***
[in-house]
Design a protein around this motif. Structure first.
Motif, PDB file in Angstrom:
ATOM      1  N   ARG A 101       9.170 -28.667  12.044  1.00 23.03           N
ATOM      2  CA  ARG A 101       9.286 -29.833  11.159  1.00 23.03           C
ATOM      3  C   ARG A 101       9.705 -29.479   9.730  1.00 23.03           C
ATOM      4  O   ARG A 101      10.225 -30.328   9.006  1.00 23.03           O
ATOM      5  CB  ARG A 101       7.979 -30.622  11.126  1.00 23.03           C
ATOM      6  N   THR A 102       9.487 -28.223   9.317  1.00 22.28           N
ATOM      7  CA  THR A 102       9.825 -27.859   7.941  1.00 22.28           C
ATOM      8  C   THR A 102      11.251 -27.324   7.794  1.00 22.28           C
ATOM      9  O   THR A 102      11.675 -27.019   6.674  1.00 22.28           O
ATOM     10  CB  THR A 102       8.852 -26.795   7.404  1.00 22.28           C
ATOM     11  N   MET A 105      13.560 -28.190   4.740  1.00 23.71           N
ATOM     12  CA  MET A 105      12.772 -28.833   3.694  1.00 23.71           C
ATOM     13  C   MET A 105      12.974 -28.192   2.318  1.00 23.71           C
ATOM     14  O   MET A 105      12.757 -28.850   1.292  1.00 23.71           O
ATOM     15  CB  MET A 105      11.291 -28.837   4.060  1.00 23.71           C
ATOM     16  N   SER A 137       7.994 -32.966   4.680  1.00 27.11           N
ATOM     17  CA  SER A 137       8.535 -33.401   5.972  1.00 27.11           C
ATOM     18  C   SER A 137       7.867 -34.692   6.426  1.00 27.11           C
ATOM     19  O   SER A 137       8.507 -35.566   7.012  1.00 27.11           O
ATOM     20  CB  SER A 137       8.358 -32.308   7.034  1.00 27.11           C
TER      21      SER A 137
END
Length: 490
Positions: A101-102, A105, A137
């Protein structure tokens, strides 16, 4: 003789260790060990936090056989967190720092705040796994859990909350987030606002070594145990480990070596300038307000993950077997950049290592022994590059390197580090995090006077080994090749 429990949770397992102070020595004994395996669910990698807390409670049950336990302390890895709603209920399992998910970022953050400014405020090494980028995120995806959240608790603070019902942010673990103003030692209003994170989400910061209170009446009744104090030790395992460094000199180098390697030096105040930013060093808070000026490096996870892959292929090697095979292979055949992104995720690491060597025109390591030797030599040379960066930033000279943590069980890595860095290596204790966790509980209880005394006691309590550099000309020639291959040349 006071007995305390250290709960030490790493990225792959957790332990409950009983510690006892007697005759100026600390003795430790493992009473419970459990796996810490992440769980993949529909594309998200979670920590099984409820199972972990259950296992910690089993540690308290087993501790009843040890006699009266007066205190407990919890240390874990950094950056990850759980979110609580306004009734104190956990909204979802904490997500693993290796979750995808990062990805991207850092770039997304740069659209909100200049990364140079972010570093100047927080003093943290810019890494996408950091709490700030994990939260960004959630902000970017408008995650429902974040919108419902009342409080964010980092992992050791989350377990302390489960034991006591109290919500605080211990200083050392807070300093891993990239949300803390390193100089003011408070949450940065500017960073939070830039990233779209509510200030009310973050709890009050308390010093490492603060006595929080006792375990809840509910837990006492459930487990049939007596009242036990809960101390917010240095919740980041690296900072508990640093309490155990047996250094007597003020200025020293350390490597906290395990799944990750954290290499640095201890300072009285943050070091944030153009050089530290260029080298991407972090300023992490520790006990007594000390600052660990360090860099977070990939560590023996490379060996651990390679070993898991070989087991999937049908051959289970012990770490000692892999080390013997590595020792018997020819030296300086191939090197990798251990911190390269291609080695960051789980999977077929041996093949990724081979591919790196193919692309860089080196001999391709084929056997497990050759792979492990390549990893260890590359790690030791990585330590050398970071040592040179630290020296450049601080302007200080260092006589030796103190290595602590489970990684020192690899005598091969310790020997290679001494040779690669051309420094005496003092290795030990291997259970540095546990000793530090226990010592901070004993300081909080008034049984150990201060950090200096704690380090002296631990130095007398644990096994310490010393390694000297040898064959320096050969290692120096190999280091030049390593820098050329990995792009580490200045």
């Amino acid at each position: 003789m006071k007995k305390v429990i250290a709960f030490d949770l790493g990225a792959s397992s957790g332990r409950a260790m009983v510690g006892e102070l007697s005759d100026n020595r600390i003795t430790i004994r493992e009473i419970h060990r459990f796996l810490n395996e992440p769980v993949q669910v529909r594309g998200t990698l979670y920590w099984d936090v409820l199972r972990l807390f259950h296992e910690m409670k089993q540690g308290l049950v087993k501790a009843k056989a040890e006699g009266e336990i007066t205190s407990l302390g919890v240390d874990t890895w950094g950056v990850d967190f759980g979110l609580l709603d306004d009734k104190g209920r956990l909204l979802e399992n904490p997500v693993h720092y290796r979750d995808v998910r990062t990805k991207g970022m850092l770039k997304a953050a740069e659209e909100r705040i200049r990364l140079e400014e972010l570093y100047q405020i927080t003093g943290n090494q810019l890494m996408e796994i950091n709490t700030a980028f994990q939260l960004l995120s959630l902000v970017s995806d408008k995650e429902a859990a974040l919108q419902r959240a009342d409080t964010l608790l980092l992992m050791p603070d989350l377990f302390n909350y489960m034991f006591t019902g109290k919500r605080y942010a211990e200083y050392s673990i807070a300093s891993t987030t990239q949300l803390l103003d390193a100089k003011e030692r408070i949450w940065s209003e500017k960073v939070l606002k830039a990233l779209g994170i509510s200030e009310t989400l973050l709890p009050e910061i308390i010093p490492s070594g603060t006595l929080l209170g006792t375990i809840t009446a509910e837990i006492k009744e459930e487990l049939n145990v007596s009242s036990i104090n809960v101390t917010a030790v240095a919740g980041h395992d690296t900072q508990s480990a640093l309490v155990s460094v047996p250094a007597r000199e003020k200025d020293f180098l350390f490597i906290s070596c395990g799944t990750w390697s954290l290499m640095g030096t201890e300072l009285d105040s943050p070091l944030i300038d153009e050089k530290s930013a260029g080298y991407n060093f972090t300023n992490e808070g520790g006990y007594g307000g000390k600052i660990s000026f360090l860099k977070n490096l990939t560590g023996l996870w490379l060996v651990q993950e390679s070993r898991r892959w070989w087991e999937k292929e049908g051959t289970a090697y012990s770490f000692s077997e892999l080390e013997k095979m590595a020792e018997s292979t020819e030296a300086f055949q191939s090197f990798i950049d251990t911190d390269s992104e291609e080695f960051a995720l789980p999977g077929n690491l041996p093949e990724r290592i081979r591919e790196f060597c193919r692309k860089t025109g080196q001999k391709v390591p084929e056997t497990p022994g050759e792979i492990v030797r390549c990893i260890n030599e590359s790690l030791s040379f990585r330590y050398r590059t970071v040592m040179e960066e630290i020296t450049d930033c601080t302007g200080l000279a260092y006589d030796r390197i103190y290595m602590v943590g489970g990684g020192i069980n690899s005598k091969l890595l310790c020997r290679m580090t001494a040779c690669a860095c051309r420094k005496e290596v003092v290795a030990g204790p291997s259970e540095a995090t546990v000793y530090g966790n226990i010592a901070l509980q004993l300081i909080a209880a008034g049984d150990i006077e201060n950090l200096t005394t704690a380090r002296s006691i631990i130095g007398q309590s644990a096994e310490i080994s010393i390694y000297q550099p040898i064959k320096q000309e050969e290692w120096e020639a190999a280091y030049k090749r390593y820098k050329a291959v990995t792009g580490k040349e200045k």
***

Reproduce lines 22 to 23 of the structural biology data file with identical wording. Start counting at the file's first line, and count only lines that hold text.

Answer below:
ATOM     19  O   SER A 137       8.507 -35.566   7.012  1.00 27.11           O
ATOM     20  CB  SER A 137       8.358 -32.308   7.034  1.00 27.11           C